“If Life Were Only Like This”: Woody Allen Gets Marshall McLuhan to Put a Pontificating Professor in His Place

The digital revolution created a mighty forum for those who once held forth from around the pickle barrel or atop a sturdy soap box.

The Internet has spawned many commentators whose thoughts are cogent, well researched and well argued, but they’re sadly outnumbered by a multitude of blowhards, windbags, and other self-appointed experts, forcefully expressing opinions as fact.

And, as you’ve likely heard, many consumers fail to check credentials before believing unsubstantiated statements are the rock solid truth, to be repeated and acted upon, sometimes to lasting consequence.

Compare the unmanageability of our situation to that of 40 years ago, when an obnoxious bloviator could apparently be silenced by the introduction of irrefutable authority…

Ah, wait, this is fiction…

A notable thing about the above scene from 1977’s Annie Hallbesides how beautifully the comedy holds up—is that the bad guy’s not stupid. His qualifications are actually quite impressive.

(We speak here of the Guy in Line, not writer-director-star Woody Allen, whose reputation has been permanently tarnished by personal misconduct, some of it easy to substantiate.)

The scene’s best punchline comes from pitting intellectual against intellectual, not intellectual against some mythical “regular” American, as we’ve come to expect.

The audience is well positioned to side with Allen and his ace-in-the-hole, media philosopher Marshall McLuhan. It’s a revenge fantasy designed to appeal to anyone whose freedom has been impinged by some loudmouthed stranger sounding off in a public area.

That’s all of us, right? (Though how many of us are willing to cop to the occasions when we may have been the narcissistic jerk monopolizing the conversation at top volume …)

The courtly McLuhan, a last minute replacement for director Federico Fellini, possessed the perfect temperament to skewer the overinflated self-worth of a pontificating egomaniac.

He was, however, not much of a performer, according to Russell Horton, who played the Guy in Line:

Woody would pull him out and he’d say something like, ‘Well you’re wrong, young man.’ Or, ‘Oh, gee, I don’t know what to say.’… We did like 17 or 18 takes, and if you look at it carefully in the movie, McLuhan says, ‘You mean my whole fallacy is wrong’ which makes no sense. How can you have your fallacy wrong?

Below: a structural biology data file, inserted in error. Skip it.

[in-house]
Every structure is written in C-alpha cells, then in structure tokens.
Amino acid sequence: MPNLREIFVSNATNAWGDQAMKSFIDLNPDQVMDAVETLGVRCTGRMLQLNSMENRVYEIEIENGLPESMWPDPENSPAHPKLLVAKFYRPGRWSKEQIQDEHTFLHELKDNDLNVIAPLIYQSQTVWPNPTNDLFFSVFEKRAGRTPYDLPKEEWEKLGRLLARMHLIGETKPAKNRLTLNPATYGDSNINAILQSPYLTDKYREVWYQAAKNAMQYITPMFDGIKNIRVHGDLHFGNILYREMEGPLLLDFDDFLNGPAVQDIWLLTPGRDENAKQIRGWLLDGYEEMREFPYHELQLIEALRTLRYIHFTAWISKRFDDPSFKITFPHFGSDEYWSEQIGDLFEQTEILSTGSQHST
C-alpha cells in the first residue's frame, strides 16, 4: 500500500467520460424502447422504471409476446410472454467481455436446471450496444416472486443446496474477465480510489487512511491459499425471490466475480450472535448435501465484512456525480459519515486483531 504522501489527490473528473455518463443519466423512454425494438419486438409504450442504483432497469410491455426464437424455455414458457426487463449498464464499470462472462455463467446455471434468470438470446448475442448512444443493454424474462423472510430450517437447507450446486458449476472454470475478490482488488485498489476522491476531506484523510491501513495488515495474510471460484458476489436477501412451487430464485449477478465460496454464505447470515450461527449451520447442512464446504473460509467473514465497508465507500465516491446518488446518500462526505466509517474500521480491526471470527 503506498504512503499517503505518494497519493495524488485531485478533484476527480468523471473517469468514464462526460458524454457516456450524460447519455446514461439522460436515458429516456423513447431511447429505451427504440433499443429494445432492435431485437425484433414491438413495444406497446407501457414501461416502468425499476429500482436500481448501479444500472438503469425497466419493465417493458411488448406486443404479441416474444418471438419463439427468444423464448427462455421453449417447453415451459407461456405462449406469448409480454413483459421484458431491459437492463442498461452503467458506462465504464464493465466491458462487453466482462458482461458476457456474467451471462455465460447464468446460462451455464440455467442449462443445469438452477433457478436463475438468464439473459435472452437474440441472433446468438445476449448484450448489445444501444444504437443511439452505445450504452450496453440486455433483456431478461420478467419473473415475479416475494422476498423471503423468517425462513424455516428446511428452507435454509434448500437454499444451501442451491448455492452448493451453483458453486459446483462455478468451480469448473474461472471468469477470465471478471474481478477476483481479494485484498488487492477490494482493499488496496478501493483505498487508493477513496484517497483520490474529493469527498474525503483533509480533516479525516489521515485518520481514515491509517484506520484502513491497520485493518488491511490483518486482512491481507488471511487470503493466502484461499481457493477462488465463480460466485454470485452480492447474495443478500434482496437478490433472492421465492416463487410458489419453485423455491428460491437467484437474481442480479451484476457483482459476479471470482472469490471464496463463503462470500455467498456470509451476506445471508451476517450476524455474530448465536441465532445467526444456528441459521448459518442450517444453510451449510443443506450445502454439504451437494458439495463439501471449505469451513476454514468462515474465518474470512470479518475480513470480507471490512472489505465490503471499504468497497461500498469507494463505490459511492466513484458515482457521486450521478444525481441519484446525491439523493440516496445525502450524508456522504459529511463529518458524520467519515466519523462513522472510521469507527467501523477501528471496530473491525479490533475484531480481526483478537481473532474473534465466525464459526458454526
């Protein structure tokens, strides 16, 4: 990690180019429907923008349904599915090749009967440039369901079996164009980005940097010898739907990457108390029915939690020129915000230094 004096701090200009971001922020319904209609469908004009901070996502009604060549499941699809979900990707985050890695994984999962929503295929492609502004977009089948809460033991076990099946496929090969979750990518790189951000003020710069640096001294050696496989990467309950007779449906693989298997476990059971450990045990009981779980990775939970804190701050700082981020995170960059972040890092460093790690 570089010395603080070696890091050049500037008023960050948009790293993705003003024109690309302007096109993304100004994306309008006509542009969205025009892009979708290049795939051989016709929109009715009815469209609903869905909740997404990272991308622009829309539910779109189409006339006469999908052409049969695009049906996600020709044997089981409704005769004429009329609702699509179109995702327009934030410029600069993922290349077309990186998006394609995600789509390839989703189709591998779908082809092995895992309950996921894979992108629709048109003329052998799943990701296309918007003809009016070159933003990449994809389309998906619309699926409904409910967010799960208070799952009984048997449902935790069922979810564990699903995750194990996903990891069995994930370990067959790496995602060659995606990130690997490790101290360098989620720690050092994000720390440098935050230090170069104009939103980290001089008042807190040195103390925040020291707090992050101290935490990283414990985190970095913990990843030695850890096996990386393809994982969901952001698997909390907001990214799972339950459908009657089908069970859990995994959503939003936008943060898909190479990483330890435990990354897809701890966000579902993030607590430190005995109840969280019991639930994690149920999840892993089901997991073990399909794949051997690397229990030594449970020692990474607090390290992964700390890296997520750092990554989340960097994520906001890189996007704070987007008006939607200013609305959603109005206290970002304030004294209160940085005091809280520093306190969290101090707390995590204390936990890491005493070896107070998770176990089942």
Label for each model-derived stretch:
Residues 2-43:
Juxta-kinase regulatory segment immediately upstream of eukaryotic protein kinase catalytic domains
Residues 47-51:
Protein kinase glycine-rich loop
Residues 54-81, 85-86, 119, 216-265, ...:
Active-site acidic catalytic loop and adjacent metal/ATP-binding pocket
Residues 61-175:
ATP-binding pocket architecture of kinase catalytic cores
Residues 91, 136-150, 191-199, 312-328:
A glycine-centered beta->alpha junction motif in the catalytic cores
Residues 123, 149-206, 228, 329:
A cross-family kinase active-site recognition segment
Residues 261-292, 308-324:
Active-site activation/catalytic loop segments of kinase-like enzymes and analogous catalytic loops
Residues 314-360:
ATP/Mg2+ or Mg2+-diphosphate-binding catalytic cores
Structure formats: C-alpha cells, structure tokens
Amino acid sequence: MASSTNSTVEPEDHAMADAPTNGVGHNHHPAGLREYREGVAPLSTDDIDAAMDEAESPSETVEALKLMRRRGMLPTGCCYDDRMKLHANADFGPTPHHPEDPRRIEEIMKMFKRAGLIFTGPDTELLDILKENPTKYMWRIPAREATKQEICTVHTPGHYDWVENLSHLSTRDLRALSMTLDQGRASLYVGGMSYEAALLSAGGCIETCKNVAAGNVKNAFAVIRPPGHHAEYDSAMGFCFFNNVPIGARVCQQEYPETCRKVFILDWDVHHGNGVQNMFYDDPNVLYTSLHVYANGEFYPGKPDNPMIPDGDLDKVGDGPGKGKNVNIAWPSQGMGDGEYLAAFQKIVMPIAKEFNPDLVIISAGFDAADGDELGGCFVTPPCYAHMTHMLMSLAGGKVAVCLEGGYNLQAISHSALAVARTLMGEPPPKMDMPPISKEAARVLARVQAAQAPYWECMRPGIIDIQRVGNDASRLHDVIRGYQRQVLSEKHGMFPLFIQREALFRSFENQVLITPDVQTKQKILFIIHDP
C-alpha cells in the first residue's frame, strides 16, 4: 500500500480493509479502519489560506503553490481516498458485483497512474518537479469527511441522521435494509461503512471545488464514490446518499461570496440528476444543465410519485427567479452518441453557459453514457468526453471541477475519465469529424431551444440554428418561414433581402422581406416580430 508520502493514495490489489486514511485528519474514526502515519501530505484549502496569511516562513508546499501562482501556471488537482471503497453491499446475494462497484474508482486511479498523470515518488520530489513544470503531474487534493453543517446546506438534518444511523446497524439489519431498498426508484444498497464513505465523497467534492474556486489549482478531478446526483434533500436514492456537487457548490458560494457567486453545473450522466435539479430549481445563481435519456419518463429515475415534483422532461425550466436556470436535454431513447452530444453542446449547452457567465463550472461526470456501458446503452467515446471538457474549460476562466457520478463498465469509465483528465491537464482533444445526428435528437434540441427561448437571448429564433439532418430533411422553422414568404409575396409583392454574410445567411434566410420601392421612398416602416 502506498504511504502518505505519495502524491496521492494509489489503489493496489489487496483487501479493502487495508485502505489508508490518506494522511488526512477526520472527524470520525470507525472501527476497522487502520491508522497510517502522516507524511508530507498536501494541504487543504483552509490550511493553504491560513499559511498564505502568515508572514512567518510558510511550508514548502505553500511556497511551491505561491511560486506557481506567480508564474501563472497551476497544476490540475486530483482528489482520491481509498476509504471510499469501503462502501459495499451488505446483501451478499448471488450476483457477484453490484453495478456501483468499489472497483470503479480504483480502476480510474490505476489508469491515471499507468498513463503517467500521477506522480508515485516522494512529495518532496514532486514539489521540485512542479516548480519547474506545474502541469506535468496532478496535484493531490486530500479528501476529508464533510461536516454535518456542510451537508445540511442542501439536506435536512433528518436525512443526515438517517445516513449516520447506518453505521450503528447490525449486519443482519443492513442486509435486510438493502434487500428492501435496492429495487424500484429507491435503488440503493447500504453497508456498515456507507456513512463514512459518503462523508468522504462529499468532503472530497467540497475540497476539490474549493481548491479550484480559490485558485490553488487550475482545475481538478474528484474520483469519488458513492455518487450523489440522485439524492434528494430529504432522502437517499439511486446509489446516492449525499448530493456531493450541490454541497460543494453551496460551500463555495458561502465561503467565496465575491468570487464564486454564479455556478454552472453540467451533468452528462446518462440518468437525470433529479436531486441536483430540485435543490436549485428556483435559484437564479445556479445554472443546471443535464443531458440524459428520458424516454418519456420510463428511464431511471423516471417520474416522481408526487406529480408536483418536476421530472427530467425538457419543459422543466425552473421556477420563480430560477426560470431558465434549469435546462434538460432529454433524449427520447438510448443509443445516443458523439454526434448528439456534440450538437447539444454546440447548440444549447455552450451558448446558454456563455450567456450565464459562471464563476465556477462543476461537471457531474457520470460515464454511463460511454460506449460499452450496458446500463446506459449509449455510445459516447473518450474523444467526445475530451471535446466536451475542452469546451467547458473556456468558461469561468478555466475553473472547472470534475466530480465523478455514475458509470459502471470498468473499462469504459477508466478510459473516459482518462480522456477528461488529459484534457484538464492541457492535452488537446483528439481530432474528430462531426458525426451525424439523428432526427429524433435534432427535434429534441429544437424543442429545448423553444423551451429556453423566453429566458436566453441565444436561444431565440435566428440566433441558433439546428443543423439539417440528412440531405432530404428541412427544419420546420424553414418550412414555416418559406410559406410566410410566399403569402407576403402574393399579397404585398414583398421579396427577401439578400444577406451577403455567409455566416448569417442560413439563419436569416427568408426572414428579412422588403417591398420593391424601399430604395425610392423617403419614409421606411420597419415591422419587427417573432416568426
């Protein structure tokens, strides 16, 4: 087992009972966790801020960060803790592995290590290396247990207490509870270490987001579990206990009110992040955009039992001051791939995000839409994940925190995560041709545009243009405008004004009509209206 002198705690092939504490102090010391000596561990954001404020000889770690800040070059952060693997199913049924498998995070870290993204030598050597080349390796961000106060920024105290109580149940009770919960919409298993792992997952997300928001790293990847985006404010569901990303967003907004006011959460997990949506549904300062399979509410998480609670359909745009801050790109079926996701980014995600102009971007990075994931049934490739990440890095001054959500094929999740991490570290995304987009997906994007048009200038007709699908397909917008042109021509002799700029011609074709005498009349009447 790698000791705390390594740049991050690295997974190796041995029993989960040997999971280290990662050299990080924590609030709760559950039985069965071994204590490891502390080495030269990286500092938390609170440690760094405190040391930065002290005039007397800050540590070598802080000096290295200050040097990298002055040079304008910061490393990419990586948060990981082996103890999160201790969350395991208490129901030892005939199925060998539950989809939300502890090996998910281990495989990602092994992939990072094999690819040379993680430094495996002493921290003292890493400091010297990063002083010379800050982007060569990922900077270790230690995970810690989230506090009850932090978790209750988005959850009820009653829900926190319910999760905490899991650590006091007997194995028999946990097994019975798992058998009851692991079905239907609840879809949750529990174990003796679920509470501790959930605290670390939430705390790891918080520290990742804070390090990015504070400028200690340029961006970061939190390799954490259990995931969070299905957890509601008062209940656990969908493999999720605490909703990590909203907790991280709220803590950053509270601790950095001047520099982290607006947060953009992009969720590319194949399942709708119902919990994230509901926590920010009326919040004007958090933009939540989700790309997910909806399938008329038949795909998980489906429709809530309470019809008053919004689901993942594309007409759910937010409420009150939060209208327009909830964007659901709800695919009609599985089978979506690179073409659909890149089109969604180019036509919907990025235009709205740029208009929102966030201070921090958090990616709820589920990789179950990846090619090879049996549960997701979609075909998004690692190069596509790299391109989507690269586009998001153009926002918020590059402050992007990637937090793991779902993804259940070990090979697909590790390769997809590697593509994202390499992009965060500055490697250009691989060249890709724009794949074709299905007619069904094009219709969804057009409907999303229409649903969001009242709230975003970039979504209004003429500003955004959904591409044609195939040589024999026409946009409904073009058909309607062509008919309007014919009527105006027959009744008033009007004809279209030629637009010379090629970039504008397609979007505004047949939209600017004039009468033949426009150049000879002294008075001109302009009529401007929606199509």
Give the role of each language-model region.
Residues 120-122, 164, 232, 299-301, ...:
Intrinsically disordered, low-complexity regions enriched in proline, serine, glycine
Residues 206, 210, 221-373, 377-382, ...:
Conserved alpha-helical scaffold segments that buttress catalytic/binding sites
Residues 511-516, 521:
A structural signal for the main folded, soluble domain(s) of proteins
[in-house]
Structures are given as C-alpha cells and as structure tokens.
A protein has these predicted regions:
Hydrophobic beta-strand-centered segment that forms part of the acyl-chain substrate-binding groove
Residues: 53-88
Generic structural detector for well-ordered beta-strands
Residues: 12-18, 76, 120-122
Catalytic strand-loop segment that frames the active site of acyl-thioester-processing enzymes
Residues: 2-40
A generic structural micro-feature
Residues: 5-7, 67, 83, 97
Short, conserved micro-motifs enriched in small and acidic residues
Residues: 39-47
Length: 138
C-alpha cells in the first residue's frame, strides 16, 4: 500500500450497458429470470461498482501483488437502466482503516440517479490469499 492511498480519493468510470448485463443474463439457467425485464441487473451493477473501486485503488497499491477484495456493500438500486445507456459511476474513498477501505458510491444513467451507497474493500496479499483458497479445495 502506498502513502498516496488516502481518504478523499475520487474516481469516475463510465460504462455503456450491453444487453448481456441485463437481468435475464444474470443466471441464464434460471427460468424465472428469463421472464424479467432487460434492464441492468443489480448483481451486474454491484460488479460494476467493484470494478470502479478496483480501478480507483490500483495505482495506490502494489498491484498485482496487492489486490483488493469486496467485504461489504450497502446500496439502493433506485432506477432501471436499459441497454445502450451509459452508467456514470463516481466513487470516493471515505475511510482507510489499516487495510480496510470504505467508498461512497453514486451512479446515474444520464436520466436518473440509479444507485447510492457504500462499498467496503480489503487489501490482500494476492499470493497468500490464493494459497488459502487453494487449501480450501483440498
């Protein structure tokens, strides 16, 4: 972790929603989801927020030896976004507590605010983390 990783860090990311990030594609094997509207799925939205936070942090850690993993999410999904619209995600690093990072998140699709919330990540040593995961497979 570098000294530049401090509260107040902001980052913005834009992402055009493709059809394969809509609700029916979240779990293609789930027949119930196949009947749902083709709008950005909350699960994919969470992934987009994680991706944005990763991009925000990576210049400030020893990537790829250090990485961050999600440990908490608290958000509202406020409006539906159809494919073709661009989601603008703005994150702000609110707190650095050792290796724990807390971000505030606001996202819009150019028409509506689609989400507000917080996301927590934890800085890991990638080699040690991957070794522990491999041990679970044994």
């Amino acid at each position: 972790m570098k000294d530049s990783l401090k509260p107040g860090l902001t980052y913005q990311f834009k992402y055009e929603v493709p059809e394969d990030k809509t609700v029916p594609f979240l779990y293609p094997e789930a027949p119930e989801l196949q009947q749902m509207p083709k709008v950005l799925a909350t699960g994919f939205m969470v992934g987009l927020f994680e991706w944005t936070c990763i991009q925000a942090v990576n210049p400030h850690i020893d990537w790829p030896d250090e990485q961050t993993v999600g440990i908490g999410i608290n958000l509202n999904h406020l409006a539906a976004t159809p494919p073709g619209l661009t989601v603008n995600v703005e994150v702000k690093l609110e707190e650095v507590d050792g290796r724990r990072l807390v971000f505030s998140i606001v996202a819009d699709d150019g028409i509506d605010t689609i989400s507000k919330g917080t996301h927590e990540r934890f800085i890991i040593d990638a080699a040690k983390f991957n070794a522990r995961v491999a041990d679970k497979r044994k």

Read the recent, and extremely amusing Entertainment Weekly interview with Guy in Line (and voice of the Trix cereal rabbit) Horton in its entirety here.

Related Content:

Marshall McLuhan in Two Minutes: A Brief Animated Introduction to the 1960s Media Theorist Who Predicted Our Present

Woody Allen Tells a Classic Joke About Hemingway, Fitzgerald & Gertrude Stein in 1965: A Precursor to Midnight in Paris

Woody Allen Amuses Himself by Giving Untruthful Answers in Unaired 1971 TV Interview

Watch a 44-Minute Supercut of Every Woody Allen Stammer, From Every Woody Allen Film

Ayun Halliday is an author, illustrator, theater maker and Chief Primatologist of the East Village Inky zine.  Follow her @AyunHalliday.

by | Permalink | Comments (2) |

Support Open Culture

We’re hoping to rely on our loyal readers rather than erratic ads. To support Open Culture’s educational mission, please consider making a donation. We accept PayPal, Venmo (@openculture), Patreon and Crypto! Please find all options here. We thank you!

Comments (2)
You can skip to the end and leave a response. Pinging is currently not allowed.
  • George Schmidt says:

    I’m outraged. what is that slander bout Woody Allen in today’s mailing. SHAME on you!

    Very disappointed. I love your website and emaills, but you owe Mr. Allen an apology and retraction.

    This is unacceptable!

  • Michael Carper says:

    I think McLuhan’s line about his “fallacy” makes perfect comic sense, as part of a parody. The whole scene is parody, a parody that targets Alvy Singer and McLuhan himself, and not just the Man in the Movie Line.
    It’s brilliant.
    Thus, when the scene is not seen as satire, but as parody, it works.

    PS. I agree. The cheap shot at Woody Allen’s character is seriously uncalled for. You should retract it.

Leave a Reply

Open Culture was founded by Dan Colman.